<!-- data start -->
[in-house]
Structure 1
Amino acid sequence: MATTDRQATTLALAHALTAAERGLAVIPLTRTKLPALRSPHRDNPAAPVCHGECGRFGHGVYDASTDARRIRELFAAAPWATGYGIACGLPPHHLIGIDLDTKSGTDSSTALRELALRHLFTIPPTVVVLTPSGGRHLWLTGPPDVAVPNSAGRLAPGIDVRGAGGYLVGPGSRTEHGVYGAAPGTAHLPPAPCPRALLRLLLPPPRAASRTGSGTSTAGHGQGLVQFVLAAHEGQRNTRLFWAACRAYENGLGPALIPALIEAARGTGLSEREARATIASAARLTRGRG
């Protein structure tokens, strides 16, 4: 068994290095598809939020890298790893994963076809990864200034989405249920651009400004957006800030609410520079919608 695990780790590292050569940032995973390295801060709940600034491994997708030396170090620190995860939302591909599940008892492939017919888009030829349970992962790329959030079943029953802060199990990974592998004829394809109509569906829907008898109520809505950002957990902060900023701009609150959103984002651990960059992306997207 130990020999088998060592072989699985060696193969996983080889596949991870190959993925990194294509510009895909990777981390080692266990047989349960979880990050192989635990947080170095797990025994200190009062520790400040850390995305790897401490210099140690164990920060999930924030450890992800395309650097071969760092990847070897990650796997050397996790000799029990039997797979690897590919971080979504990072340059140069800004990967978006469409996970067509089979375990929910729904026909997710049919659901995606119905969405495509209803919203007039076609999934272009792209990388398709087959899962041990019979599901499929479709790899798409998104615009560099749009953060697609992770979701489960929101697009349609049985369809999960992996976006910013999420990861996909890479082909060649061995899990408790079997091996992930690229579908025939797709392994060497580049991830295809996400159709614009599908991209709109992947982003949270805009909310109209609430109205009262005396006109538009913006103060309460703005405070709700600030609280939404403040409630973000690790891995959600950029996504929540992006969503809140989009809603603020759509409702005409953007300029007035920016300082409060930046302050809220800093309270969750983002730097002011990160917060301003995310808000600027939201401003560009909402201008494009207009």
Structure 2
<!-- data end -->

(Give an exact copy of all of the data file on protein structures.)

[in-house]
Structure 1
Amino acid sequence: MATTDRQATTLALAHALTAAERGLAVIPLTRTKLPALRSPHRDNPAAPVCHGECGRFGHGVYDASTDARRIRELFAAAPWATGYGIACGLPPHHLIGIDLDTKSGTDSSTALRELALRHLFTIPPTVVVLTPSGGRHLWLTGPPDVAVPNSAGRLAPGIDVRGAGGYLVGPGSRTEHGVYGAAPGTAHLPPAPCPRALLRLLLPPPRAASRTGSGTSTAGHGQGLVQFVLAAHEGQRNTRLFWAACRAYENGLGPALIPALIEAARGTGLSEREARATIASAARLTRGRG
């Protein structure tokens, strides 16, 4: 068994290095598809939020890298790893994963076809990864200034989405249920651009400004957006800030609410520079919608 695990780790590292050569940032995973390295801060709940600034491994997708030396170090620190995860939302591909599940008892492939017919888009030829349970992962790329959030079943029953802060199990990974592998004829394809109509569906829907008898109520809505950002957990902060900023701009609150959103984002651990960059992306997207 130990020999088998060592072989699985060696193969996983080889596949991870190959993925990194294509510009895909990777981390080692266990047989349960979880990050192989635990947080170095797990025994200190009062520790400040850390995305790897401490210099140690164990920060999930924030450890992800395309650097071969760092990847070897990650796997050397996790000799029990039997797979690897590919971080979504990072340059140069800004990967978006469409996970067509089979375990929910729904026909997710049919659901995606119905969405495509209803919203007039076609999934272009792209990388398709087959899962041990019979599901499929479709790899798409998104615009560099749009953060697609992770979701489960929101697009349609049985369809999960992996976006910013999420990861996909890479082909060649061995899990408790079997091996992930690229579908025939797709392994060497580049991830295809996400159709614009599908991209709109992947982003949270805009909310109209609430109205009262005396006109538009913006103060309460703005405070709700600030609280939404403040409630973000690790891995959600950029996504929540992006969503809140989009809603603020759509409702005409953007300029007035920016300082409060930046302050809220800093309270969750983002730097002011990160917060301003995310808000600027939201401003560009909402201008494009207009």
Structure 2